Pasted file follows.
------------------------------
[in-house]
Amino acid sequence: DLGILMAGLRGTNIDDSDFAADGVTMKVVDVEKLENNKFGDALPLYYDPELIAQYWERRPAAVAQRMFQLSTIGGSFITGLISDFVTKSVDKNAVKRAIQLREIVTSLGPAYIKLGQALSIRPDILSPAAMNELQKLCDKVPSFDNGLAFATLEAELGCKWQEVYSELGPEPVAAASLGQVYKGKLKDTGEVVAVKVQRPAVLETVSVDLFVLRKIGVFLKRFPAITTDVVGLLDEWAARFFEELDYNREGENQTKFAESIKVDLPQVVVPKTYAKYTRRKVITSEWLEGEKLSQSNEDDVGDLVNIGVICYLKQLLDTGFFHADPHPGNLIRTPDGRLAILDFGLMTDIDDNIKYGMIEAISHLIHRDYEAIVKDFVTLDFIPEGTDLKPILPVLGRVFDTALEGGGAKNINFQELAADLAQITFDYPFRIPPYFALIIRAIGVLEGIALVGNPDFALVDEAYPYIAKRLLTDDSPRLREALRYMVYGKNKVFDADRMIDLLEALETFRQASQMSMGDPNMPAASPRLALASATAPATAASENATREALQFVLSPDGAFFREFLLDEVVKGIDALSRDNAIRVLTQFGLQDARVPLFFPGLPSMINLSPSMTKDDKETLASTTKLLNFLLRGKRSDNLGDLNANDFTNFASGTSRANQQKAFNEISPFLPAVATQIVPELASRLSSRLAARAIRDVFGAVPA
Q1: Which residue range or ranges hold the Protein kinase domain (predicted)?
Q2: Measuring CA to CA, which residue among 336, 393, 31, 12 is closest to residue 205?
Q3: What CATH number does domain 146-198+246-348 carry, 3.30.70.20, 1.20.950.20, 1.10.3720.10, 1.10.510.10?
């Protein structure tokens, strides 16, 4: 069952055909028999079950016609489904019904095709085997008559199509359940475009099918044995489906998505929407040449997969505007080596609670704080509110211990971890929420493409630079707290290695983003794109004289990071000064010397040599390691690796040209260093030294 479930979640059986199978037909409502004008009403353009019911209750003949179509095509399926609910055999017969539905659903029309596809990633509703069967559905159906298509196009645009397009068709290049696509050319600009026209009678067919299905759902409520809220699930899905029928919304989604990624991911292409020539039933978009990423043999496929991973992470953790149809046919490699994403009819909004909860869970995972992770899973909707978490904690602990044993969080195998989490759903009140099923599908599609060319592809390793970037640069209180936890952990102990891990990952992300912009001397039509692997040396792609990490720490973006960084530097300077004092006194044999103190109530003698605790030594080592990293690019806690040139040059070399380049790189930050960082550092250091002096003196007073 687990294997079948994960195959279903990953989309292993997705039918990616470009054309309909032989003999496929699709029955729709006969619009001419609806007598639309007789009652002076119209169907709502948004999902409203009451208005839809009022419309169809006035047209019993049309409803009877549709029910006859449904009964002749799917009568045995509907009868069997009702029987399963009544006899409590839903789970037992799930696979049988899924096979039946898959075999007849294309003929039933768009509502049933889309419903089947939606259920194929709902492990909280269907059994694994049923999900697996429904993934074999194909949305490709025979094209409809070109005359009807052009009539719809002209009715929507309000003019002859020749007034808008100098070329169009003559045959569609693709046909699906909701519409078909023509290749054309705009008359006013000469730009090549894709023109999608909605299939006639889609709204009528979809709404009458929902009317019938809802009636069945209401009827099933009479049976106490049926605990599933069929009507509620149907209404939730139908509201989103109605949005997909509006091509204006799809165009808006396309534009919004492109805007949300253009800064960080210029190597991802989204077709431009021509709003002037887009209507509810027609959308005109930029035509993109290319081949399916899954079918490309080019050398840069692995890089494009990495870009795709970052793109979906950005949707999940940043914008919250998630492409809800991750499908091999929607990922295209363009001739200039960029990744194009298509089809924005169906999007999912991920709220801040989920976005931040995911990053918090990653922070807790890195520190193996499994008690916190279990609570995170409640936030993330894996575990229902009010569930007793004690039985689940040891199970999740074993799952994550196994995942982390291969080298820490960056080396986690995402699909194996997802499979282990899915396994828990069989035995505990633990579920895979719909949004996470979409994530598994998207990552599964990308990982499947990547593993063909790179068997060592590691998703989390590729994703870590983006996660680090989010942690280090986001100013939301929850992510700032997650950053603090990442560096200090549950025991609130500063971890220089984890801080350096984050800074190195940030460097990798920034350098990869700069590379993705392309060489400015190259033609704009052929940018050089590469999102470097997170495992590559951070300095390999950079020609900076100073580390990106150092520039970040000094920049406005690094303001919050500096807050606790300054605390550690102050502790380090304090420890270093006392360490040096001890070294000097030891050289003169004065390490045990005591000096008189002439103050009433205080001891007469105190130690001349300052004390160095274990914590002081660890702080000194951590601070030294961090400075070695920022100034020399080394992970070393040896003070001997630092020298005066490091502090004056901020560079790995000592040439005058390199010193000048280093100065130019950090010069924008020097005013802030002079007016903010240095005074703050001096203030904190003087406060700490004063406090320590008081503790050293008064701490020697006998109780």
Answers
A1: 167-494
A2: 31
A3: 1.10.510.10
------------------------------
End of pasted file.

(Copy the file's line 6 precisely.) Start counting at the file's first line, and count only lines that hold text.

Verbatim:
């Protein structure tokens, strides 16, 4: 069952055909028999079950016609489904019904095709085997008559199509359940475009099918044995489906998505929407040449997969505007080596609670704080509110211990971890929420493409630079707290290695983003794109004289990071000064010397040599390691690796040209260093030294 479930979640059986199978037909409502004008009403353009019911209750003949179509095509399926609910055999017969539905659903029309596809990633509703069967559905159906298509196009645009397009068709290049696509050319600009026209009678067919299905759902409520809220699930899905029928919304989604990624991911292409020539039933978009990423043999496929991973992470953790149809046919490699994403009819909004909860869970995972992770899973909707978490904690602990044993969080195998989490759903009140099923599908599609060319592809390793970037640069209180936890952990102990891990990952992300912009001397039509692997040396792609990490720490973006960084530097300077004092006194044999103190109530003698605790030594080592990293690019806690040139040059070399380049790189930050960082550092250091002096003196007073 687990294997079948994960195959279903990953989309292993997705039918990616470009054309309909032989003999496929699709029955729709006969619009001419609806007598639309007789009652002076119209169907709502948004999902409203009451208005839809009022419309169809006035047209019993049309409803009877549709029910006859449904009964002749799917009568045995509907009868069997009702029987399963009544006899409590839903789970037992799930696979049988899924096979039946898959075999007849294309003929039933768009509502049933889309419903089947939606259920194929709902492990909280269907059994694994049923999900697996429904993934074999194909949305490709025979094209409809070109005359009807052009009539719809002209009715929507309000003019002859020749007034808008100098070329169009003559045959569609693709046909699906909701519409078909023509290749054309705009008359006013000469730009090549894709023109999608909605299939006639889609709204009528979809709404009458929902009317019938809802009636069945209401009827099933009479049976106490049926605990599933069929009507509620149907209404939730139908509201989103109605949005997909509006091509204006799809165009808006396309534009919004492109805007949300253009800064960080210029190597991802989204077709431009021509709003002037887009209507509810027609959308005109930029035509993109290319081949399916899954079918490309080019050398840069692995890089494009990495870009795709970052793109979906950005949707999940940043914008919250998630492409809800991750499908091999929607990922295209363009001739200039960029990744194009298509089809924005169906999007999912991920709220801040989920976005931040995911990053918090990653922070807790890195520190193996499994008690916190279990609570995170409640936030993330894996575990229902009010569930007793004690039985689940040891199970999740074993799952994550196994995942982390291969080298820490960056080396986690995402699909194996997802499979282990899915396994828990069989035995505990633990579920895979719909949004996470979409994530598994998207990552599964990308990982499947990547593993063909790179068997060592590691998703989390590729994703870590983006996660680090989010942690280090986001100013939301929850992510700032997650950053603090990442560096200090549950025991609130500063971890220089984890801080350096984050800074190195940030460097990798920034350098990869700069590379993705392309060489400015190259033609704009052929940018050089590469999102470097997170495992590559951070300095390999950079020609900076100073580390990106150092520039970040000094920049406005690094303001919050500096807050606790300054605390550690102050502790380090304090420890270093006392360490040096001890070294000097030891050289003169004065390490045990005591000096008189002439103050009433205080001891007469105190130690001349300052004390160095274990914590002081660890702080000194951590601070030294961090400075070695920022100034020399080394992970070393040896003070001997630092020298005066490091502090004056901020560079790995000592040439005058390199010193000048280093100065130019950090010069924008020097005013802030002079007016903010240095005074703050001096203030904190003087406060700490004063406090320590008081503790050293008064701490020697006998109780």